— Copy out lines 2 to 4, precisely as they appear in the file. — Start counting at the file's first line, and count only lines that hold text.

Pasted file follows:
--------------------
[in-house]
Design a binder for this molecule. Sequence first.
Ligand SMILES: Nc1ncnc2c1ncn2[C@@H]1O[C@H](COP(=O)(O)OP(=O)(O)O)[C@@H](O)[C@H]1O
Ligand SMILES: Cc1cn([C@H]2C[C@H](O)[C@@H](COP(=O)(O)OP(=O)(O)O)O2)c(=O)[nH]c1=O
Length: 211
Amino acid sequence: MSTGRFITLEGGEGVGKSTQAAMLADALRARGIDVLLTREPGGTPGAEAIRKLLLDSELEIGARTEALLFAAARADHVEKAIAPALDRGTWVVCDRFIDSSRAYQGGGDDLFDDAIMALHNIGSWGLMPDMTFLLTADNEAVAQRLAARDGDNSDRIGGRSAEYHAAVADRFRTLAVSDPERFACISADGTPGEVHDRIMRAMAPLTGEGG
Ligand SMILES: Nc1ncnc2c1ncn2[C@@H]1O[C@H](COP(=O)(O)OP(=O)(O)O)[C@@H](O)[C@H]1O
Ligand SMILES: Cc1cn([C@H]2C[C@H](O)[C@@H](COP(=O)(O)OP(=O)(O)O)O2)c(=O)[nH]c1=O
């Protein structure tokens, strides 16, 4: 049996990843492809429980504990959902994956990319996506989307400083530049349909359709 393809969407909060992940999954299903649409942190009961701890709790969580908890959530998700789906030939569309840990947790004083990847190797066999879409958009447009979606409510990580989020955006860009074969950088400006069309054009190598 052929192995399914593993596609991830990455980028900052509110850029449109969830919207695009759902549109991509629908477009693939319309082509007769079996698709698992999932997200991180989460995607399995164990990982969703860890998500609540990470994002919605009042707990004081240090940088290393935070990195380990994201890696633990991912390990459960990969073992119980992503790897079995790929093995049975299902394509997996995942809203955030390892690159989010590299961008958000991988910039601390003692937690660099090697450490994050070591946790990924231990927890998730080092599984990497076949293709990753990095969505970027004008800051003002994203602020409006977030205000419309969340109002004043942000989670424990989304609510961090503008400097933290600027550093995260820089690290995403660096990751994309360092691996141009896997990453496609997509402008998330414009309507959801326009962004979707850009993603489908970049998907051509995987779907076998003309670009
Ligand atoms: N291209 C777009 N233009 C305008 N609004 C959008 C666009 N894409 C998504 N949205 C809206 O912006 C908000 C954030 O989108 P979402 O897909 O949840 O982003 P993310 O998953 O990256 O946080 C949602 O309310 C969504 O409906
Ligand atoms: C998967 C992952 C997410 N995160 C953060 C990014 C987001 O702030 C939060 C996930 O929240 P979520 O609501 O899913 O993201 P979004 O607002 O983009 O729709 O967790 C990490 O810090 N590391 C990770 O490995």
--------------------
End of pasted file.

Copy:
Design a binder for this molecule. Sequence first.
Ligand SMILES: Nc1ncnc2c1ncn2[C@@H]1O[C@H](COP(=O)(O)OP(=O)(O)O)[C@@H](O)[C@H]1O
Ligand SMILES: Cc1cn([C@H]2C[C@H](O)[C@@H](COP(=O)(O)OP(=O)(O)O)O2)c(=O)[nH]c1=O